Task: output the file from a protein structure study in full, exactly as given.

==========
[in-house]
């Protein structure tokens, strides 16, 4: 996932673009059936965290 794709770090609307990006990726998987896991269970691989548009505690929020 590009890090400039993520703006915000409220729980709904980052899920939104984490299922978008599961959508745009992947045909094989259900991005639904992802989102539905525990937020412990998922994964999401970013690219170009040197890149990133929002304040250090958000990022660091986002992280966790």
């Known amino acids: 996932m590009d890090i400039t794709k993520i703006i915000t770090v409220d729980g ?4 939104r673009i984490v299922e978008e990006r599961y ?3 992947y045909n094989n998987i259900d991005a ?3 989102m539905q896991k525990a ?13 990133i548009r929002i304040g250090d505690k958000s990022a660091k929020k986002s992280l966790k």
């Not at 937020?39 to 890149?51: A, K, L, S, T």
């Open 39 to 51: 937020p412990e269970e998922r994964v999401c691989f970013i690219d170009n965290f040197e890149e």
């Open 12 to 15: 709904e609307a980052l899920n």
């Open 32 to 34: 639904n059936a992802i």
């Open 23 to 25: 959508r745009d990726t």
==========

[in-house]
């Protein structure tokens, strides 16, 4: 996932673009059936965290 794709770090609307990006990726998987896991269970691989548009505690929020 590009890090400039993520703006915000409220729980709904980052899920939104984490299922978008599961959508745009992947045909094989259900991005639904992802989102539905525990937020412990998922994964999401970013690219170009040197890149990133929002304040250090958000990022660091986002992280966790």
């Known amino acids: 996932m590009d890090i400039t794709k993520i703006i915000t770090v409220d729980g ?4 939104r673009i984490v299922e978008e990006r599961y ?3 992947y045909n094989n998987i259900d991005a ?3 989102m539905q896991k525990a ?13 990133i548009r929002i304040g250090d505690k958000s990022a660091k929020k986002s992280l966790k």
């Not at 937020?39 to 890149?51: A, K, L, S, T």
């Open 39 to 51: 937020p412990e269970e998922r994964v999401c691989f970013i690219d170009n965290f040197e890149e």
């Open 12 to 15: 709904e609307a980052l899920n």
């Open 32 to 34: 639904n059936a992802i």
């Open 23 to 25: 959508r745009d990726t």